And lastly, there are charms to protect your house and person from lightning. According to East Anglian lore, a houseleek (Sempervivum spp.), known around here as hens’n’chicks, planted on the roof protects the home from lighting, though it “must never be cut down or destroyed or its former protective power will be reversed, and catastrophe will ensue.” Other methods of protection are to plant a rowan tree (Sorbus spp.) at the front door and an elder (Sambucus spp.) at the back of the home, or to hang a pouch of mistletoe (Viscum album) from the roof.

And with that, I’m going to hang mistletoe from the roof of the porch, just in case, pour a glass of sweet tea and head outside to enjoy the summer storm.

Wild Harvesting

Though it’s generally preferable to grow plants for magic yourself, or buy them from reputable merchants who do so (organically, sustainably, and ethically), there are occasions when one needs to turn to the wild. This could be because the plant you need isn’t in commerce or is very difficult to find. Often it’s because you want something partaking of the essence of a particular location; plants that have grown in certain sites are part of the spiritual ecology of that place. Sometimes it may be that you want to ensure that proper harvesting protocol is adhered to, or that harvesting occurs under certain astronomical conditions. In many cases, the procurement of plant material from the land of wandering becomes a magical-religious rite in itself.

The hunt for ginseng in the traditional practice of the Appalachians is one good example– the root and the hunter both involved in a relationship in the wooded hollows. In this case, because the plant has been harvested by one’s own hand, one can be assured that no poaching has occurred, the roots were not over-harvested from particular patches, and that the ripened fruits of the plant were replanted by the hand that gathered it. Additionally, in this way, the root carries potency and virtue, because it recognizes the sorcerer in a relationship of mutual respect.

This mutual respect is essential for the practice of magical herbalism, regardless of the species sought and worked with. Here are my thoughts, suggestions, and guidelines (both practical and esoteric) when seeking and harvesting plants from the wild.

Preparation:
The first step in wild harvesting is preparation, which involves both mental and physical components. Like all works of magic, having a clear intent is necessary.

For the mental preparation, make sure you know the plant and are sure of its identity. What is the extant lore about it’s Nature? Are there harvesting taboos, and does it have preferred offerings? Lore provides knowledge from our ancestors and we should take advantage of it. Practically, make sure you can recognize the plant in the wild and know about its ecology so you have an idea of where it can be found. Harvesting the wrong plant is needlessly wasteful and disrespectful, and can also be dangerous. Is the plant you’re wanting to collect threatened, endangered or sensitive? Is it overharvested? Introduced or native to your bioregion? How much material do you need and are you collecting leaf, flower, fruit, bark, root? Plan to collect far away from human habitation. This helps to avoid obnoxious people intruding on your magical outing as well as avoiding plants tainted by heavy metals and pollutants and spirits twisted by human development.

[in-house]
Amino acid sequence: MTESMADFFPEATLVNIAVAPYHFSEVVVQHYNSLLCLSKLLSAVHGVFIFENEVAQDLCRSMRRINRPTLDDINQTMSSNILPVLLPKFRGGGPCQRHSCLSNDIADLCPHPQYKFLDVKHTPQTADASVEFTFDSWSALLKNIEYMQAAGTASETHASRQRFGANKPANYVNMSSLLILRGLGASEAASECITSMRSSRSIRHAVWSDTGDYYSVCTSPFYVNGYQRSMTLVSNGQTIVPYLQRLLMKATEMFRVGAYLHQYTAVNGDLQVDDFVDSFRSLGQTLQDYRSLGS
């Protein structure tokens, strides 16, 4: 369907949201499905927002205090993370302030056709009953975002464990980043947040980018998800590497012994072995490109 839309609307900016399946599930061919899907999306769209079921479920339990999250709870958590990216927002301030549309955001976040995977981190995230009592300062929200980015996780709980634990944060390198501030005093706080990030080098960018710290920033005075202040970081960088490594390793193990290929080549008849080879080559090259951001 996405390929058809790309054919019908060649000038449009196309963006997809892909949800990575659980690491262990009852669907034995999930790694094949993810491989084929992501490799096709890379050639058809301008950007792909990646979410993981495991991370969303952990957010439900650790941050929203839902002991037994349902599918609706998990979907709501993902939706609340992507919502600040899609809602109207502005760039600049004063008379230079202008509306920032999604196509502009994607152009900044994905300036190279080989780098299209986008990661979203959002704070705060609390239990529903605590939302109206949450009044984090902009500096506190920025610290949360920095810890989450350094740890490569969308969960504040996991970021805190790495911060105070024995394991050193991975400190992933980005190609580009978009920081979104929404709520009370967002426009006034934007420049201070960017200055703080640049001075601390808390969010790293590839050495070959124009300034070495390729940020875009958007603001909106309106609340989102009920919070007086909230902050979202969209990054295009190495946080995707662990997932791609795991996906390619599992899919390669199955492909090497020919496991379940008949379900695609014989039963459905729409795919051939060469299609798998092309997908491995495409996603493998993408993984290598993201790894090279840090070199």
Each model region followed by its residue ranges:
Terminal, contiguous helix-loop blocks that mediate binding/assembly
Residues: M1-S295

The physical part of preparation mostly involves purity. Like draws like, as above so below, as within so without–these are maxims of the art magical. You don’t need to attract negative wights and sprites, nor should you take your aetheric baggage into hallowed ground, so purity of the physical and the aetheric bodies is important. Take a saltwater bath, cense with a purification blend. Some traditions dictate that you should lightly fast and abstain from sexual activity for a period before-hand; in many ways, these are gestures of devotion and respect. Practically, make sure you have clean tools and clean boots to avoid tracking fungal spores, pathogens, and microbial contaminants from one place to another and infecting the plants and the landscape from which you’re harvesting. Wipe tools and boots both with high proof alcohol. Additionally, because this is a magical rite, take your power with you. I don’t mean that you should wear a crushed velvet cloak and all your magical bling, but anointing oil, discreet amulets, and sigils of power drawn on the skin all are useful. You’re a sorcerer engaged in a relationship with the living spirits of the land.

On the Journey:
Again, remembering that this is a magical rite, be present fully in what you’re doing. When you’re journeying forth into a place, you should become fully present as a part of that place, otherwise one is an intruder. Silence and a observant, focused mind are tools as imporant as a sharpened pair of hand pruners.

Knowing the land is essential. If you’re unfamiliar with the location, you should scout the place first, noting impressions from plant communities and the genius loci. Your intent should be spoken humbly to the spirits of place, and you should take an honest read of the place, notice signs, and/or use divination to ascertain their reply. Offended landwights and unheeded omens tend to mean bad things for sorcerers and witches: poison ivy, stinging nettles, bothersome insects, treacherous ground and getting lost at the least. Elf-shot, blasted luck, and attached spirits are also within their power.